My books can be purchased as e-books for only $1.99. If interested, just click here: Books.
Match Play is a golf/suspense novel. Dust of Autumn is a bloody one set in upstate New York. Prairie View is set in South Dakota, with a final scene atop Rattlesnake Butte. Life in the Arbor is a children's book about Rollie Rabbit and his friends (on about a fourth grade level). The Black Widow involves an elaborate extortion scheme. Doggy-Dog World is my memoir. And ES3 is a description of my method for examining English sentence structure.
In case anyone is interested in any of my past posts, an archive list can be found at the bottom of this page.
My newest novel, Happy Valley, can be found here.

Sunday, June 7

Yard Critters & The One I Love

Another overcast day, another day with temperatures uncharacteristically low for Arizona. And the birds are loving it. The doves talk to us at dawn and dusk, so many woo-hoo-uh-hoo’s we can hardly stand it. They seem to strut their horny selves all day long, engaging in embarrassingly amorous couplings right in front of us and the world, and then at dusk they fly into our arbor vitae to perch for the night, their stiff wings sounding like snapped sheets as they settle down. The females build stick nests for their offspring, a bird too dumb to add a little fluff for the babies. The springtime mockingbird males sing their little hearts out hoping to woo a female. If you’ve never heard a mockingbird you’ve missed the whistling, warbling variety of their song. They sing only for a month and a half during mating season and then go silent for the rest of the year. We’ve had far fewer quail families in our yard this year. I guess, as with rabbits, nature decides to slow down the quantity for fear of upsetting the balance. Lord knows, if they didn’t slow down we’d eventually be up to our hips in quail and rabbits. Of course we just have to have a nutty woodpecker who drums on our roof turbines early in the morning, sort of like the cockadoodledoo rooster who wakes the world before the world is quite ready for awakening. Enough of birds. I’ve written before about the odd yellow swallowtail butterfly who’s taken up our yard.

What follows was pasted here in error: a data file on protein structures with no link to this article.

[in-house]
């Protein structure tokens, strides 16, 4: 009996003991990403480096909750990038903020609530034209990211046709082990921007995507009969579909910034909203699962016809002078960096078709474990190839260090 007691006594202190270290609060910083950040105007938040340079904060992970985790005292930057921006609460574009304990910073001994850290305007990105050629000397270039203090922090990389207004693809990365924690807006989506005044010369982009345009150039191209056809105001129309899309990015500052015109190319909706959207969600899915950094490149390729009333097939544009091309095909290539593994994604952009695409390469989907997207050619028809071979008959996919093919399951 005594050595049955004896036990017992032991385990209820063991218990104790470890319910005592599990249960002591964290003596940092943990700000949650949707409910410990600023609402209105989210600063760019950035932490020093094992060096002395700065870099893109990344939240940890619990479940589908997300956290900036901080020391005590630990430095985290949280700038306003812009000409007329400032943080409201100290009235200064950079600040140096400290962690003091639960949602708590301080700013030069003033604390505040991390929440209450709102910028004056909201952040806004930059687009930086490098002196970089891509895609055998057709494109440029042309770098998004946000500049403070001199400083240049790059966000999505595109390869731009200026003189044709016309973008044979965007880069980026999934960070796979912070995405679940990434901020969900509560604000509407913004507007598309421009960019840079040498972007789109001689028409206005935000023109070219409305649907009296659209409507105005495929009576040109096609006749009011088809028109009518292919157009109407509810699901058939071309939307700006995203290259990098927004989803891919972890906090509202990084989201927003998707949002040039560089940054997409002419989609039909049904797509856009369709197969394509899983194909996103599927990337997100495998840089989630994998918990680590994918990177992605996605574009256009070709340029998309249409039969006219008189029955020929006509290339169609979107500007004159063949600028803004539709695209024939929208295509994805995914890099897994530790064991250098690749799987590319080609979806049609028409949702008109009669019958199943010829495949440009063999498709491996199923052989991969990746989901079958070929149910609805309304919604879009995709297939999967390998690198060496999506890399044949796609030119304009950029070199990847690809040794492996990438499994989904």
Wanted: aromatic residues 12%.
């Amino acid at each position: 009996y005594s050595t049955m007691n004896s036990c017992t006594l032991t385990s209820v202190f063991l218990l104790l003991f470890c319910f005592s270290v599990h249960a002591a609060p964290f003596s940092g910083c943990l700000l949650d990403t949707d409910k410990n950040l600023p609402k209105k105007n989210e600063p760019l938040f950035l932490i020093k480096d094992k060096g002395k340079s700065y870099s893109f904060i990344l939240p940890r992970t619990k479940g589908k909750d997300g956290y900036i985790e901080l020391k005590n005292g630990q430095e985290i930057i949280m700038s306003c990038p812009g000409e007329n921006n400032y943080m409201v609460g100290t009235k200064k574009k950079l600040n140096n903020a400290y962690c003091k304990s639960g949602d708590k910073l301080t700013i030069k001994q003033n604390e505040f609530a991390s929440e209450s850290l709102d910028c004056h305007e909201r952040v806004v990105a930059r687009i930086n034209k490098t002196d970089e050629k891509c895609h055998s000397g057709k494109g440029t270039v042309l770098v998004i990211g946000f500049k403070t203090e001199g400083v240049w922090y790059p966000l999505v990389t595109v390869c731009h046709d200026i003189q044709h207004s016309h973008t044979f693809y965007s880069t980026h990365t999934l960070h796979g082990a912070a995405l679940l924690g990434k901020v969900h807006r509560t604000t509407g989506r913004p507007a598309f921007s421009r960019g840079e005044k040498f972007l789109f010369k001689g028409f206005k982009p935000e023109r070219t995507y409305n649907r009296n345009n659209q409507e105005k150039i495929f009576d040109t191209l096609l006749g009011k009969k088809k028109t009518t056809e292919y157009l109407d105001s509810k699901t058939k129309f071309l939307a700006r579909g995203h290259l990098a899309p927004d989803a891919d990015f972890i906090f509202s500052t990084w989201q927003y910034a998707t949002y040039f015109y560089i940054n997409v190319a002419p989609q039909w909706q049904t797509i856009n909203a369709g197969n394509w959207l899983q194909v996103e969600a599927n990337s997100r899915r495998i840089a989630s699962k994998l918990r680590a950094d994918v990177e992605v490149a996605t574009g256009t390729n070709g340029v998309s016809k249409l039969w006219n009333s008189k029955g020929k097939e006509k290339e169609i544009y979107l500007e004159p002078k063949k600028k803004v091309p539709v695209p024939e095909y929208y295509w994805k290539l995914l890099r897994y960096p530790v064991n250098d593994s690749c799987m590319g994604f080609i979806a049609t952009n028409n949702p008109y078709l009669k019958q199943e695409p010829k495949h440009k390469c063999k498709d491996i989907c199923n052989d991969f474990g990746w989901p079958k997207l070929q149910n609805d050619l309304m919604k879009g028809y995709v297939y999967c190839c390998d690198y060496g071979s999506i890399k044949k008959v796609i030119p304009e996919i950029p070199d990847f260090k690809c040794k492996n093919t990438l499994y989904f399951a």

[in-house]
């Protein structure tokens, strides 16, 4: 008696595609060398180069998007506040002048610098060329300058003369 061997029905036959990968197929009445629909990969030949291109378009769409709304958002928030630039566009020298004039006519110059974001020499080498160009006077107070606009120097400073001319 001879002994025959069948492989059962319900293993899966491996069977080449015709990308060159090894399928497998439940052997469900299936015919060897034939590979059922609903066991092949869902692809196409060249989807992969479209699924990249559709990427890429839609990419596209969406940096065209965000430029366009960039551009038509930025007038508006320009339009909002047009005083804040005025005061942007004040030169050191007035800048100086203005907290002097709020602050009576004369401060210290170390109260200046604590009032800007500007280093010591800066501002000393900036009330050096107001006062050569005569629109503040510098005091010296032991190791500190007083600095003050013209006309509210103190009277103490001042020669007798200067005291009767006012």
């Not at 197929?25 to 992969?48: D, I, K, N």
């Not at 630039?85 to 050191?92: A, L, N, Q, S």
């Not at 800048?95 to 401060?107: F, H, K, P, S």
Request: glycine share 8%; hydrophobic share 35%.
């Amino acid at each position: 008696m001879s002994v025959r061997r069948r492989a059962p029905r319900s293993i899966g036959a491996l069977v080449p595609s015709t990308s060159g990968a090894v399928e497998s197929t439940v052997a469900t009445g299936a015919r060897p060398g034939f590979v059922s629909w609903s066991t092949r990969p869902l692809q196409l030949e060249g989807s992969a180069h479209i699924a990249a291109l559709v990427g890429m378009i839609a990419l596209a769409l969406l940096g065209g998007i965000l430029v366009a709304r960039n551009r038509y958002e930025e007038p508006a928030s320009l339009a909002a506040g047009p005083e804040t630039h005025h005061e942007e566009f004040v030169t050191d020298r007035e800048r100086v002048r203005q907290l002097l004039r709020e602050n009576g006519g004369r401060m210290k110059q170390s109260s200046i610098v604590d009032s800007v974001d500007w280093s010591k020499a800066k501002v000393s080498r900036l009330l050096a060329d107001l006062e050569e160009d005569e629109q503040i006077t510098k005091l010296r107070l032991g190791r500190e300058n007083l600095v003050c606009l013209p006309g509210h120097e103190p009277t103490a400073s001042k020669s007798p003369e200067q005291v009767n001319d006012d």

He (or she) has been here for at least two months flying continuously in and around our fruit trees, swooping up and over our arbor vitae. Doesn’t he (or she) ever get tired? Even our monarchs don’t stay as long as this one has.

How about a really short review of a Netflix movie we saw last week? Our local Arizona critic, Bill Goodykoontz, gave us a list of ten movies of this year he thought didn’t get enough attention from the public. The One I Love, starring Elisabeth Moss and Mark Duplass, is a most unusual romady about a couple who visit a therapist (Ted Danson) because their marriage has gone a bit stale. The therapist suggests a weekend in the country at a lovely house with swimming pool and guest house. “Why not?” they think. The guest house is the key to the strangeness. Ethan (Duplass) is the first to find out just how strange. He goes in to find Sophie (Moss) already there, and they soon find themselves in bed. Lovey dovey for the first time in a long time. The next day, Sophie explores the guest house and finds Ethan already there. More bonding. But when they speak about it, neither has any memory of the earlier encounter. It seems that there are two people in the guest house who look and sound exactly like Ethan and Sophie. Thus the title. Which one really is the one I love? I looked forward to seeing how Elisabeth Moss would do. I remember her from her brief stint as the president’s daughter Zoe in The West Wing. Then she starred in Mad Men, a series I never got around to watching. And I saw her in the most unusual role in Top of the Lake. She’s a very talented actress, with emotional switches through subtle facial changes. You might be pleased with this movie. And Netflix would be pleased to send it to you.
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